Researchers at the University of Glasgow, Scotland, have found a way to produce large sheets of graphene using the same inexpensive-type of copper used to manufacture lithium-ion batteries found in many household devices. The process was explained in a paper published recently in the journal Scientific Reports. The work has implications for use in providing sensory perception to prosthetic limbs.
Graphene is often produced by a process known as chemical vapor deposition (CVD), which turns gaseous reactants into a film of graphene on a special surface known as a substrate. The research team used a similar process to create high-quality graphene across the surface of commercially available copper foils of the type often used as the negative electrodes in lithium-ion batteries. The ultrasmooth surface of the copper provided an excellent bed for the graphene to form upon. They found that the graphene they produced offered an improvement in the electrical and optical performance of transistors that they made compared to similar materials produced from the older process.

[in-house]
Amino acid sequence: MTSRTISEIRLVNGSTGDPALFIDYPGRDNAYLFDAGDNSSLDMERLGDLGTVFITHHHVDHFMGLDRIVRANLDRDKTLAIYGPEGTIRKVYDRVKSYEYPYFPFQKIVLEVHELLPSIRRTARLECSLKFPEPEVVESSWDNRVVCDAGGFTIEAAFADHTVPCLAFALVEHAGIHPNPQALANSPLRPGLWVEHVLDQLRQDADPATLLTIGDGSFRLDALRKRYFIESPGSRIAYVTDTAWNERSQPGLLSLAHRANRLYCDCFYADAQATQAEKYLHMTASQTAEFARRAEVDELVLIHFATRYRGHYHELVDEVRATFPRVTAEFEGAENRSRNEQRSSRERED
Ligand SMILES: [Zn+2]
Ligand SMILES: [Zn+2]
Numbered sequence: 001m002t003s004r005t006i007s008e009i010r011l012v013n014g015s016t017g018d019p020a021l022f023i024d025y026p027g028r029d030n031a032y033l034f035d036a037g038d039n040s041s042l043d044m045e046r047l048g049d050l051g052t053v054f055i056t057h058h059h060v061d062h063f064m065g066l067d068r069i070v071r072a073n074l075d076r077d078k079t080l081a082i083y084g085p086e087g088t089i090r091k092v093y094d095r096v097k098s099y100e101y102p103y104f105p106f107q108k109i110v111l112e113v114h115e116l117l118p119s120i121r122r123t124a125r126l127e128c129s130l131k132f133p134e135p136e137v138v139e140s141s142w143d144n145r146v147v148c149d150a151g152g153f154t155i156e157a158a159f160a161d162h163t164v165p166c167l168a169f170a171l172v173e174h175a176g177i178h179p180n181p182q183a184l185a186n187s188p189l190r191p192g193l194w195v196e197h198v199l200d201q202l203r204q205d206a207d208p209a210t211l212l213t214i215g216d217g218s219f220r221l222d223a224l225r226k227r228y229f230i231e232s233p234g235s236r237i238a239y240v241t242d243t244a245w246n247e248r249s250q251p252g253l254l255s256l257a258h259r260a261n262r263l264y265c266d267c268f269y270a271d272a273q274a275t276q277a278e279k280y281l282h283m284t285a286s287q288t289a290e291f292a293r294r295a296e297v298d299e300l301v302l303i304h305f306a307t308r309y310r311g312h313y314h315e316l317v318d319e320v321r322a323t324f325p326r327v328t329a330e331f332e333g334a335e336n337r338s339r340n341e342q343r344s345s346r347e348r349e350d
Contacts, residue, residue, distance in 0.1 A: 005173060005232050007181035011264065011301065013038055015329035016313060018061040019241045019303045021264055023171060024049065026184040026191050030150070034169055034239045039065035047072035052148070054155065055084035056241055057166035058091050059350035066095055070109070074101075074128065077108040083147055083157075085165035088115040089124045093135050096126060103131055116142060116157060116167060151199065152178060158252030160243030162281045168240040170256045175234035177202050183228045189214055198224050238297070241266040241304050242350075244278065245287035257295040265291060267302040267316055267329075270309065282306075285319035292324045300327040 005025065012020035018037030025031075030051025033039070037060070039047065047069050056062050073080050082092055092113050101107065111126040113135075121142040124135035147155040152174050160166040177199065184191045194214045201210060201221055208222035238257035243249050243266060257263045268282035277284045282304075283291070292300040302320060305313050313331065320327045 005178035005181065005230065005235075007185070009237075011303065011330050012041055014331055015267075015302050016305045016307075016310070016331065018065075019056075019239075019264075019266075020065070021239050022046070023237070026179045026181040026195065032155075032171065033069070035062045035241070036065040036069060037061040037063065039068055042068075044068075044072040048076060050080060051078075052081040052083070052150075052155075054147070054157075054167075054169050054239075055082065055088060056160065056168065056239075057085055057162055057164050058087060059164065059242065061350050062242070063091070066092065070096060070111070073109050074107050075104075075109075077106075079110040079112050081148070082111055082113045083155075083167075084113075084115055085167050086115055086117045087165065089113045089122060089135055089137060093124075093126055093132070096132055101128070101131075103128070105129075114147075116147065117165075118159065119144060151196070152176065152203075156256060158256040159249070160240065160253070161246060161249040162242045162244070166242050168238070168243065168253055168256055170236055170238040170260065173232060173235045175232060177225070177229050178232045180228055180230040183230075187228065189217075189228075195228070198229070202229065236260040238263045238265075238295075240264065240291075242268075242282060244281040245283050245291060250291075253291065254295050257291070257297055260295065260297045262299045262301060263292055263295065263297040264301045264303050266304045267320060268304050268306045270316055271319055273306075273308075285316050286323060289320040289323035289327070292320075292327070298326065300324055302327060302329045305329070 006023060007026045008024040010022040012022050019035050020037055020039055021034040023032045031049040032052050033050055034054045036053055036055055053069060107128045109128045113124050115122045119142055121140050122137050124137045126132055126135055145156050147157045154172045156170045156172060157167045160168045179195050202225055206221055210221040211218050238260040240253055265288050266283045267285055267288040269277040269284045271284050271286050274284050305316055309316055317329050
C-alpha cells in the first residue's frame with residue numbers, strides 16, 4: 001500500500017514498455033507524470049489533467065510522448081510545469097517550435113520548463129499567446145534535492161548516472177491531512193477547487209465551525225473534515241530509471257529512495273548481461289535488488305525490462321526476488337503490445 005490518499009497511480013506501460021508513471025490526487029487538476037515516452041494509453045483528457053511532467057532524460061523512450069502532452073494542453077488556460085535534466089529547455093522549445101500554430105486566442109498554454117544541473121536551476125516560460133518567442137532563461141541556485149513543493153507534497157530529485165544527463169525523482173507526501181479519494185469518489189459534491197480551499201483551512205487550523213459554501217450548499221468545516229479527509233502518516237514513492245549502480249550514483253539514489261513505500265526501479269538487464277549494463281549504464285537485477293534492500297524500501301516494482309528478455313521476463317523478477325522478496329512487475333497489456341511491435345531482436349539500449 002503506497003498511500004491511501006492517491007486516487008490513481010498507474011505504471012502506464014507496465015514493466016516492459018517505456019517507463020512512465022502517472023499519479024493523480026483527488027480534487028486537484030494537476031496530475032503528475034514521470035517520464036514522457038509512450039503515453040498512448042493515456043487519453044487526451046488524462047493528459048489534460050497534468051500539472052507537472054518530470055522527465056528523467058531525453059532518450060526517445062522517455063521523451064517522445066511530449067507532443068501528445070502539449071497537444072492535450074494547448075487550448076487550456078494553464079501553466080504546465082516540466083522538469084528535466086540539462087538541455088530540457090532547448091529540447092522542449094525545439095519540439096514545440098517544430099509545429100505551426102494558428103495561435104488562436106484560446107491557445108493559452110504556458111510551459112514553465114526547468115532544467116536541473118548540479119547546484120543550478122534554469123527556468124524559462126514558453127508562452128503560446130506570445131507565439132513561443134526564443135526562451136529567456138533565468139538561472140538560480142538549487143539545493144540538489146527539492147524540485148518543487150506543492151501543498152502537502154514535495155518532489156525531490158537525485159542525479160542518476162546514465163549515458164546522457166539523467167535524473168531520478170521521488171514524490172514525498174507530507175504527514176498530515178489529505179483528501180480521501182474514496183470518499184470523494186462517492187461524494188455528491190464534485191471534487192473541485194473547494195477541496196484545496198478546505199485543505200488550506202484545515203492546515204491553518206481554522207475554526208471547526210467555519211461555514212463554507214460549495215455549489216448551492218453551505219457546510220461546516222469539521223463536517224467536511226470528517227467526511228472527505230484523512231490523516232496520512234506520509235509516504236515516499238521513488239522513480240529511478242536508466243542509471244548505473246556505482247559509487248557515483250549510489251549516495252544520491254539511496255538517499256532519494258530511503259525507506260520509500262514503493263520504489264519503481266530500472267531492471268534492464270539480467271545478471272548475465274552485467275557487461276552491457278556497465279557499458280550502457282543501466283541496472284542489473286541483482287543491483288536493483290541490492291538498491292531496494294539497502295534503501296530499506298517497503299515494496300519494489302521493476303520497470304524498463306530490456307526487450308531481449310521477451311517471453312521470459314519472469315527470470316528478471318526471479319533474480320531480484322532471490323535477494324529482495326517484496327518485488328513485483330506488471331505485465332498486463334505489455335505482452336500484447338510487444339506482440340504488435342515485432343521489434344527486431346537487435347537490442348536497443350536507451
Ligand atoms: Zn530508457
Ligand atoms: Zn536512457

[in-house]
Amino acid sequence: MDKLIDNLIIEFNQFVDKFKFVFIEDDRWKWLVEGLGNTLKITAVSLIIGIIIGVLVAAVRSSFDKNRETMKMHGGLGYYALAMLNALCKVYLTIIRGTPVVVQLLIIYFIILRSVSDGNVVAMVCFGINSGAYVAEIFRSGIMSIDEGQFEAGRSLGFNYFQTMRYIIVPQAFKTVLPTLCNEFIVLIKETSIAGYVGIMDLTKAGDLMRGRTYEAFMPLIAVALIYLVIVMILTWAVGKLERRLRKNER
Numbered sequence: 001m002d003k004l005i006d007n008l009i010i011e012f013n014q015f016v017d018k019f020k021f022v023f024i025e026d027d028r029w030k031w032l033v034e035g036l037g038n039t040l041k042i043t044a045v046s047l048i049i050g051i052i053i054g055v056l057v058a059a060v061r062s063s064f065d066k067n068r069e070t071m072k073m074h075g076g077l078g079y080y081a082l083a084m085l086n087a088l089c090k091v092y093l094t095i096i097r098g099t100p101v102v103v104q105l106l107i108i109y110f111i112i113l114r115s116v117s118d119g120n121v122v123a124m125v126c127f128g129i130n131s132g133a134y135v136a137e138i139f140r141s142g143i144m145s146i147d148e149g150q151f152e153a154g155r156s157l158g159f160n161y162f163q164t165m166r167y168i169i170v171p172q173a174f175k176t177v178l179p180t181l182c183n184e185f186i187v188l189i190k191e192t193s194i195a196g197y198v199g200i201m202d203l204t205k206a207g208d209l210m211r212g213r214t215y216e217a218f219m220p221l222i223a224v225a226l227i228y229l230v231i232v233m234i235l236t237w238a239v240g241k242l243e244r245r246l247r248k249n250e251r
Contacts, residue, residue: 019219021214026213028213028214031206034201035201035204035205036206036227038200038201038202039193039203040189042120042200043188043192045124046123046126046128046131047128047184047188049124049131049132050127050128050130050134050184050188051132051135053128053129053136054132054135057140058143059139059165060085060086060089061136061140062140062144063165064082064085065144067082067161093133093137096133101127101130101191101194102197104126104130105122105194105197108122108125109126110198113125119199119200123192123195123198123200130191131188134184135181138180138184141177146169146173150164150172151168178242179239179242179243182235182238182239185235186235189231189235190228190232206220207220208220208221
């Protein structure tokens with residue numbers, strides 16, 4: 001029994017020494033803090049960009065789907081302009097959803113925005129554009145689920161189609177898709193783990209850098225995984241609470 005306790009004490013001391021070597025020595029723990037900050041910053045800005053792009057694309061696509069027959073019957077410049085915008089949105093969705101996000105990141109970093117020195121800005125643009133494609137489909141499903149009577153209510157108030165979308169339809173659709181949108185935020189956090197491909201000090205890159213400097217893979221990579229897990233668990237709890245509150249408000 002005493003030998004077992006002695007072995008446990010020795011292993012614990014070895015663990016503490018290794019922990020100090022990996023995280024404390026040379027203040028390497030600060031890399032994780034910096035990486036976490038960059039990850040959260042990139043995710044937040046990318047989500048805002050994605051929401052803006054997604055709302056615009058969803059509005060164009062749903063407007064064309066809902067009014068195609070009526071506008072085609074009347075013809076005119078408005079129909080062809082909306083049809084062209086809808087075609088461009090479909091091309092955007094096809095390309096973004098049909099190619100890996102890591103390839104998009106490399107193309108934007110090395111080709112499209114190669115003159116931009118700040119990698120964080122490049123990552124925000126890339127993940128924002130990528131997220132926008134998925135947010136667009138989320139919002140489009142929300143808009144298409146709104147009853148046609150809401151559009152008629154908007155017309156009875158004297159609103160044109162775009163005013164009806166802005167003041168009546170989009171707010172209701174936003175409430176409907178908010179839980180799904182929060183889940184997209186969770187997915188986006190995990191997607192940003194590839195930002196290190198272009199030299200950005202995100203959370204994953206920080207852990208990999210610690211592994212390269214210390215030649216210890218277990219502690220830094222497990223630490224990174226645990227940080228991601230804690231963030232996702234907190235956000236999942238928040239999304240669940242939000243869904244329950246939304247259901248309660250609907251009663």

“The commercially available copper we used in our process retails for around one dollar per square meter, compared to around $115 for a similar amount of the copper currently used in graphene production,” said Ravinder Dahiya, PhD, Reader and EPSRC Fellow with the University of Glasgow’s School of Engineering. “This more expensive form of copper often required preparation before it can be used, adding further to the cost of the process.”
Much of Dahiya’s research is in the field of synthetic skin. “Graphene could help provide an ultraflexible, conductive surface which could provide people with prosthetics capable of providing sensation in a way that is impossible for even the most advanced prosthetics today,” he said.